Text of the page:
We might think our problems are unique, but therapists tend to hear the same sets of concerns over and again. A Nov. 18 Reddit thread asking therapists and psychiatrists about the issues that most patients think they’re in suffering from turns out to be strangely comforting reading, as it shows how common some worries are.
Two of the topics that received the strongest reactions—not loving your family, and the feeling that you don’t deserve your success—were posted by the same person, TotallyBat-tastic, who wrote:
Two things I’ve come across a lot:
Not caring deeply for family members. Especially for their children. They expect this instinct to kick in at some point where they’ll feel fiercely protective, but it never happens.
Feeling “imposter syndrome,” which is basically a feeling that you don’t belong somewhere (work or school), that you’re not capable, and soon everyone will figure out that you got there on a fluke and kick you out.
Many parents admitted that they didn’t love their children immediately after birth. One Reddit user said, “My initial thought upon hearing my son’s first cry was, “Who brought a baby in here?”
Another mother added:
“I didn’t start loving my child until a couple weeks later after she was born. I never understood it when people would say ‘the day my daughter/son was born, was the happiest day of my life.’ The day she was born, I was so hopped up on so much medication that I could barely recognize she was even there when the nurses brought her over. But I remember laying in my hospital bed and looking at this little baby next to me and feeling NOTHING.
It was fun having her there and fun breastfeeding and cuddling her but as far as feelings go, there were none. And I felt truly horrible for not feeling the same as everyone else. Like there was something wrong with me and I was a terrible person.”
The idea of “imposter syndrome” also touched a nerve, and many Reddit users admitted that they’re constantly afraid that they’ll be uncovered as a fraud.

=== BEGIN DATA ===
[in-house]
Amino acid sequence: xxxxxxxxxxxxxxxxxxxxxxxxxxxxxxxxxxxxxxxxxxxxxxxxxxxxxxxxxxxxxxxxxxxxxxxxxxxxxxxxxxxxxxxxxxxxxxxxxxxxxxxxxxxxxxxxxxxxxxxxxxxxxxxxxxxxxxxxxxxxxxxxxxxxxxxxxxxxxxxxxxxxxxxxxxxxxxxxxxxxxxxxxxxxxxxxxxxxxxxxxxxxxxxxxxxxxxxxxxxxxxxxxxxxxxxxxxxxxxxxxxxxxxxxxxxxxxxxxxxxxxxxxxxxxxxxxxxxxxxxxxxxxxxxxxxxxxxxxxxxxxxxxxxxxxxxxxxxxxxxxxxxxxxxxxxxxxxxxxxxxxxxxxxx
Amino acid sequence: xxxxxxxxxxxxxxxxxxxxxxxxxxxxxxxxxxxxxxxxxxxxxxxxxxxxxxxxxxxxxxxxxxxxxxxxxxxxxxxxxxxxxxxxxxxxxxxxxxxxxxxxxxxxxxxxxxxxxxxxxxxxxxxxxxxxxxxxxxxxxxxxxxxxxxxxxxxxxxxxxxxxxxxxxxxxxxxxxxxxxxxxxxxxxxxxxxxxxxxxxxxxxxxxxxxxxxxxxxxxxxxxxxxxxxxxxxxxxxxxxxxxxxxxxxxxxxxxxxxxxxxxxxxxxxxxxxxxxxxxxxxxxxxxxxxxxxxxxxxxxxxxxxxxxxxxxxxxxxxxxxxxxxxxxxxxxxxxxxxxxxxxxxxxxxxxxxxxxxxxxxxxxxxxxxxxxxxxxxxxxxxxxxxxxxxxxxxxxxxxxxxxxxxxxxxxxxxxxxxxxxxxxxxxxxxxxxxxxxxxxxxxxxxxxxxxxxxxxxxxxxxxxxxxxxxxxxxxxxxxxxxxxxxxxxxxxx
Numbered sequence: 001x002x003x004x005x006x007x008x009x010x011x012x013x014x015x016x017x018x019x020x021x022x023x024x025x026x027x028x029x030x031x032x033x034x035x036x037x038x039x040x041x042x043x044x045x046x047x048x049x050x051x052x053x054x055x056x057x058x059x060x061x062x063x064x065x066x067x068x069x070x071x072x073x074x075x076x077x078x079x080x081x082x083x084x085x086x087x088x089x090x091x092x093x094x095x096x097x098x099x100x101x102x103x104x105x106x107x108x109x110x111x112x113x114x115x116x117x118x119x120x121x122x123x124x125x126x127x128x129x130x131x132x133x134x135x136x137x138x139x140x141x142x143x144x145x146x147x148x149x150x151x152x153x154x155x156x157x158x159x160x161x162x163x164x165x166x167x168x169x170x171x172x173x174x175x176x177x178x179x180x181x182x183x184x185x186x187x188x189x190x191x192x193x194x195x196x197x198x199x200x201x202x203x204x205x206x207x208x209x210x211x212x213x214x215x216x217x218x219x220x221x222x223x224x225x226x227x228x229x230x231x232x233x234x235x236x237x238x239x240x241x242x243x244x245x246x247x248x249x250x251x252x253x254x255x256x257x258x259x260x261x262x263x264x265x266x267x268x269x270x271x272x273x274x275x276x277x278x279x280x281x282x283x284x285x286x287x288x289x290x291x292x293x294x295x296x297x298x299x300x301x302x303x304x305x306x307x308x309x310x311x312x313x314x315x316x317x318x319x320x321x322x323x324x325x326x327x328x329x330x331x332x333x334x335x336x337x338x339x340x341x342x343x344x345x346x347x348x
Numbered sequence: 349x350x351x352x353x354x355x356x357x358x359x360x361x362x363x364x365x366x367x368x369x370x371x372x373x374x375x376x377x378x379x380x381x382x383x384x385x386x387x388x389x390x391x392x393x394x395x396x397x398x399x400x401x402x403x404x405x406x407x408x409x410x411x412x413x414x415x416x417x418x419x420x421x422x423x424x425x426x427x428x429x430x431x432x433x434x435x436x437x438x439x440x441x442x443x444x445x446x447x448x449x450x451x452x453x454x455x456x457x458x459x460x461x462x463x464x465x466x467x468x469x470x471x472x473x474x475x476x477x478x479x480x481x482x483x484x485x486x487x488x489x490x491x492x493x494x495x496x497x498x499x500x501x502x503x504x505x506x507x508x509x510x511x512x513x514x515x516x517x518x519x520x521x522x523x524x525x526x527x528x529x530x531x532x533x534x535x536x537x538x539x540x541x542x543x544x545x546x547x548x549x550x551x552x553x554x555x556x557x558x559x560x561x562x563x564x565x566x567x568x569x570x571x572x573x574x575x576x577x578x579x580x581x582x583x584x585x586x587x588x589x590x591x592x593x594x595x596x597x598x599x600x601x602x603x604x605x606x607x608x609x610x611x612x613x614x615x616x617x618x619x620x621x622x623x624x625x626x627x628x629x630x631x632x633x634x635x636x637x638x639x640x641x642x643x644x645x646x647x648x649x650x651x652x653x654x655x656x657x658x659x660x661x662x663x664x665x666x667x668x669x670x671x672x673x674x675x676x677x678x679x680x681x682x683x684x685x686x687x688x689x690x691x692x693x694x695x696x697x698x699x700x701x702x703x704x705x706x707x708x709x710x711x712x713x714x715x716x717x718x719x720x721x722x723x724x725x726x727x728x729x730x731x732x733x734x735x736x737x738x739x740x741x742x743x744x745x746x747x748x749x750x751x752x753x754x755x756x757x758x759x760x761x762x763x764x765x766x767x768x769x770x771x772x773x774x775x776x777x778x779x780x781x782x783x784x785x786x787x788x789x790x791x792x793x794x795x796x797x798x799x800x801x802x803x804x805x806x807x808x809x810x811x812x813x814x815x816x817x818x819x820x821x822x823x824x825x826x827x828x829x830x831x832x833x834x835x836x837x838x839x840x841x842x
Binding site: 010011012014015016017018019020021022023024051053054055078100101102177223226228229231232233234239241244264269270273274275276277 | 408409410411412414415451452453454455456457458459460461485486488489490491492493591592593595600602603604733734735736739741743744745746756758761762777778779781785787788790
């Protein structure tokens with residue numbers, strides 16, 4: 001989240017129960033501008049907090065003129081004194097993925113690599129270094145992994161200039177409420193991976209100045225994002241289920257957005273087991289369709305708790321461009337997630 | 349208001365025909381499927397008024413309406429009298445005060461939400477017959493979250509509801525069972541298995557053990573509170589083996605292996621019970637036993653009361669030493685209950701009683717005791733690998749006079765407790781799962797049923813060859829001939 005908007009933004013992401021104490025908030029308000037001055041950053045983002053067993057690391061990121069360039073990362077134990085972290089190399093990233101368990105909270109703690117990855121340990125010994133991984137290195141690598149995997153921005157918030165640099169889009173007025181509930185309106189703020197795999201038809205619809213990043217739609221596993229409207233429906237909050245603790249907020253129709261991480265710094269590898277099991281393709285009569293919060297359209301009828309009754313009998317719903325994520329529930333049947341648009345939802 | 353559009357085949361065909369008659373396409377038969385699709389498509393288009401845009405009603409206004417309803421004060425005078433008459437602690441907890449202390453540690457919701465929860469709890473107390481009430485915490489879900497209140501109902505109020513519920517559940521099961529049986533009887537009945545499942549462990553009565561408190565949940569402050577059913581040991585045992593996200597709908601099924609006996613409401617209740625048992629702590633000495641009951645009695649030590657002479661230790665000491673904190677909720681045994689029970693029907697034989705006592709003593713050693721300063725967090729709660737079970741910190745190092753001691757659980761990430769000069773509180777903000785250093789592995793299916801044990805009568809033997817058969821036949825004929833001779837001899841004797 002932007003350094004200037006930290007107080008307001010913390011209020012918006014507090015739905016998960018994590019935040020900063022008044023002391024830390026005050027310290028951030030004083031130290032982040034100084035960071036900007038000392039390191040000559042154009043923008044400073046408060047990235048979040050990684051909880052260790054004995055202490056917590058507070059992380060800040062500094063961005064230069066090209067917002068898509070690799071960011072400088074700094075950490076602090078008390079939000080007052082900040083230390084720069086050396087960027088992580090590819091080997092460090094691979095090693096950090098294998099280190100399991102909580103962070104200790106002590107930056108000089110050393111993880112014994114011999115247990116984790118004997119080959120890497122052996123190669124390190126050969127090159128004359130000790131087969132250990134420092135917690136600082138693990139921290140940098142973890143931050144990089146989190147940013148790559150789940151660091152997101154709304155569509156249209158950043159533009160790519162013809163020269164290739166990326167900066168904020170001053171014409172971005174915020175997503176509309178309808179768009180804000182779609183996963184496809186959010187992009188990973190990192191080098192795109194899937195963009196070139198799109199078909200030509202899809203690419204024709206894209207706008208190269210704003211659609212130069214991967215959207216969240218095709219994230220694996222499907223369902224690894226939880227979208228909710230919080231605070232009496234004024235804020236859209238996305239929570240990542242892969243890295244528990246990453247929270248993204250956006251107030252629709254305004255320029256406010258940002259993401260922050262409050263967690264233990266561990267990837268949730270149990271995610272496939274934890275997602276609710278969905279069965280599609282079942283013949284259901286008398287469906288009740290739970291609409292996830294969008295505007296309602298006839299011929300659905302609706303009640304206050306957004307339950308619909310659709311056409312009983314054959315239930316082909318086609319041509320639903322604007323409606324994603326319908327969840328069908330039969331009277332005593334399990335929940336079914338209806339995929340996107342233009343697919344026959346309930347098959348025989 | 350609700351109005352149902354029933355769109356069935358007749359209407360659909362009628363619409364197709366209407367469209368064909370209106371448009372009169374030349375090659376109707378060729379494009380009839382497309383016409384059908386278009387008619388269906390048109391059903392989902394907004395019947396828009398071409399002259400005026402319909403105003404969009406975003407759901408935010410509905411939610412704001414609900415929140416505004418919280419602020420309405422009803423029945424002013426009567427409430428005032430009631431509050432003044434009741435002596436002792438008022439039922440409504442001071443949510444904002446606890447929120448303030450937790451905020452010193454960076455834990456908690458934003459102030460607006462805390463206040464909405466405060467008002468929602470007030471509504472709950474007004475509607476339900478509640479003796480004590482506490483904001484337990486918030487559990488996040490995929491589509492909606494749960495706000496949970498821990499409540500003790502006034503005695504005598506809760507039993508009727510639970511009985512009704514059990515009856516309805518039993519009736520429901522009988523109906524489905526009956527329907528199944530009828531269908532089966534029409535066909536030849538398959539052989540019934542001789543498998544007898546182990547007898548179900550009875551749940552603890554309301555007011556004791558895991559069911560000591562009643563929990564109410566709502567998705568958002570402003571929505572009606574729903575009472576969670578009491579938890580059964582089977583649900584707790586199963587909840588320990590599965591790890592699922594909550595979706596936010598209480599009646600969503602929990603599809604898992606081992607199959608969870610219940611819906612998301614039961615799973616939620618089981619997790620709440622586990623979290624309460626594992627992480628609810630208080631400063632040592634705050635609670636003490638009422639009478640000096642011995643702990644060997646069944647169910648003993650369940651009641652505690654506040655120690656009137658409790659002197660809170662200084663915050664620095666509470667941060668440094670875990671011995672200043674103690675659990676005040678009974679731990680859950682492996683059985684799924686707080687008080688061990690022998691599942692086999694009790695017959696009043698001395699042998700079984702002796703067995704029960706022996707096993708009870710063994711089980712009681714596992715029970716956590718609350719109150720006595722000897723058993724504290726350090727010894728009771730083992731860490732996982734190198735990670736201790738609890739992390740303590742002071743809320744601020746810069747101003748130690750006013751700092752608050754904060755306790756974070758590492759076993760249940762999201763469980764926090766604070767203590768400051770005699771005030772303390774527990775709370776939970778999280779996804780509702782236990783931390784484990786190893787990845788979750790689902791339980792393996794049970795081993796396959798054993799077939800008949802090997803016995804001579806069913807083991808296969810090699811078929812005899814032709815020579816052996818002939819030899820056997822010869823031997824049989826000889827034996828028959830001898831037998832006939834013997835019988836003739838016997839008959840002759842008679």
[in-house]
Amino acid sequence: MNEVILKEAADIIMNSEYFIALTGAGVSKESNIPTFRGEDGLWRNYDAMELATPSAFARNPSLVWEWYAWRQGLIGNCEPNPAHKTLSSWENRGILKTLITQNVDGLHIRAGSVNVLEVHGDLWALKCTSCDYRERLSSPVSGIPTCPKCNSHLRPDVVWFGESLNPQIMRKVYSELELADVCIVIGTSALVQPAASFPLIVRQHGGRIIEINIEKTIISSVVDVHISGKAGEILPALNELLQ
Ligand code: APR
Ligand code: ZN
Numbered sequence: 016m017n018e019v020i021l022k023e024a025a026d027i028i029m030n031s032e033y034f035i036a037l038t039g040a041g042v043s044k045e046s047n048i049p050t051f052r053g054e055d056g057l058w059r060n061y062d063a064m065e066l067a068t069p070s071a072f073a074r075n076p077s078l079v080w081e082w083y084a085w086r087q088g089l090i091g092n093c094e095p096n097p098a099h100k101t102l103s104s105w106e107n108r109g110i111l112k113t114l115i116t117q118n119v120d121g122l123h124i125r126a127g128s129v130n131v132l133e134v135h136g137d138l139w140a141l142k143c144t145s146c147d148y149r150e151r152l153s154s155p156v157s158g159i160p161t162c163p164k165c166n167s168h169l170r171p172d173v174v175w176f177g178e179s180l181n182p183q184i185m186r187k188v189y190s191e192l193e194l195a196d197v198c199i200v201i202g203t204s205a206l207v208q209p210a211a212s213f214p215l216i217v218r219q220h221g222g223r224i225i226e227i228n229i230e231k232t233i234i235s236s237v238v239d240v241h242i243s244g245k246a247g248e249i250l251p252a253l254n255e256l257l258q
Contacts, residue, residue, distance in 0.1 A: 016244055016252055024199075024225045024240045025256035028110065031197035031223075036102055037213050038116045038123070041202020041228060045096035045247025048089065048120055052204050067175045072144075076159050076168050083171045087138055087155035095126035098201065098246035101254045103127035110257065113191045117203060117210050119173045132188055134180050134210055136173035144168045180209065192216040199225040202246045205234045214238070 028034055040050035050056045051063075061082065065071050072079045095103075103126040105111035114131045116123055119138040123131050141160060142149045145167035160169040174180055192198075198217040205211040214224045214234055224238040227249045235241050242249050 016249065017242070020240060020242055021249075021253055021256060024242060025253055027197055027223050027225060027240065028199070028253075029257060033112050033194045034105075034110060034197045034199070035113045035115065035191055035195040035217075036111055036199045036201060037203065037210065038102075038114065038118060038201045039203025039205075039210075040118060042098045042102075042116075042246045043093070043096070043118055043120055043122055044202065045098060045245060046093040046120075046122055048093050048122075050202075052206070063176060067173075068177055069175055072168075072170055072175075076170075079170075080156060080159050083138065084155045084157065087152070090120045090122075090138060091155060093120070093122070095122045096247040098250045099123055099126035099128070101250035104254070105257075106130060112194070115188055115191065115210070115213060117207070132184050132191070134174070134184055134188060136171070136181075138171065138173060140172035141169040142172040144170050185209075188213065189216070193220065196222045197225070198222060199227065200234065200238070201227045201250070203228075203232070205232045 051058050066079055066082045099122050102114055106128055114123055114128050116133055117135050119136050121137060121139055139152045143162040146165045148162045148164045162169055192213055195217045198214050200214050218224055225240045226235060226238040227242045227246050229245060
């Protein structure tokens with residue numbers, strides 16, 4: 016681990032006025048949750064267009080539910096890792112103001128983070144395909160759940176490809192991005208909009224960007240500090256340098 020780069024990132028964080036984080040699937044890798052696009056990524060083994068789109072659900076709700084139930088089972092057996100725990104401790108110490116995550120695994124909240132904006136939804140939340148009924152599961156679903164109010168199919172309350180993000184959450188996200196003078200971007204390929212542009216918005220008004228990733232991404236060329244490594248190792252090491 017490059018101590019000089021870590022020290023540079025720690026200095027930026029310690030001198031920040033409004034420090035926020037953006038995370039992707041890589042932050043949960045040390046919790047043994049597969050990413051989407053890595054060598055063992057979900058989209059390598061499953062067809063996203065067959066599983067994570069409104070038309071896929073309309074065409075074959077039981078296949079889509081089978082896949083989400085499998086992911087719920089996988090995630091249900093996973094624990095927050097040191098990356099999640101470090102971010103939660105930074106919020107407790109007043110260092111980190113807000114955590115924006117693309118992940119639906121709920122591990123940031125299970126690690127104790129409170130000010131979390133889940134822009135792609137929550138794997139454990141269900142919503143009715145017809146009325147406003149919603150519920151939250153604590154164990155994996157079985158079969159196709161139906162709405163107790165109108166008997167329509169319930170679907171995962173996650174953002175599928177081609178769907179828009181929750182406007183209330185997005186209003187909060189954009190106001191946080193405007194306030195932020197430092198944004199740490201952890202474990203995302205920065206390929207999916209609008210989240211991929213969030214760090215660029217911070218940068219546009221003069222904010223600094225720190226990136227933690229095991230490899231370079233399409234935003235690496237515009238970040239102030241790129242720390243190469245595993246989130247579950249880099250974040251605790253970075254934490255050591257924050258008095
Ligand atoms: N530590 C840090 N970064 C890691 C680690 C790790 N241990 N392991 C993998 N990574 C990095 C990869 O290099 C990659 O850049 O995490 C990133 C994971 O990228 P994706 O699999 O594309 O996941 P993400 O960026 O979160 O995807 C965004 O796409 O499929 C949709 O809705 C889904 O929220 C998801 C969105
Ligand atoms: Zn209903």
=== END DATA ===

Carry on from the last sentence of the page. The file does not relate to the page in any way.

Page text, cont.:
One user wrote:
Imposter syndrome is my life. I definitely got the job on a fluke and have no idea what I’m doing and no one yet knows how truly incompetent I really am. Are there any people who are supposed to be excellent at their jobs that feel this way? People in powerful positions?
Another added that they still thought their job was a joke, writing, “Oh my god is this a normal feeling because I’m reaching my third month and I’m still wondering if this is some really in-depth prank.”
Therapists on the reddit thread also said that their patients often suffered tremendous guilt over things they’d done wrong, that they felt they were alone in the world, or that everyone else was judging them.
One person said many of their patients suffer from “the spotlight effect, adding:
“Many people worry about what people think of them. This causes a lot of anxiety. The reality is that no one is really paying anyone else any attention as everyone is focussed on themselves.
Remember that time when you were so embarrassed it still causes you to writhe in bed at night when you recall it? No one else has given it another thought.”
All of these concerns can be extremely difficult for individuals, who may think they’re the only one in the world who feels this way. But it turns out therapists have heard it all before.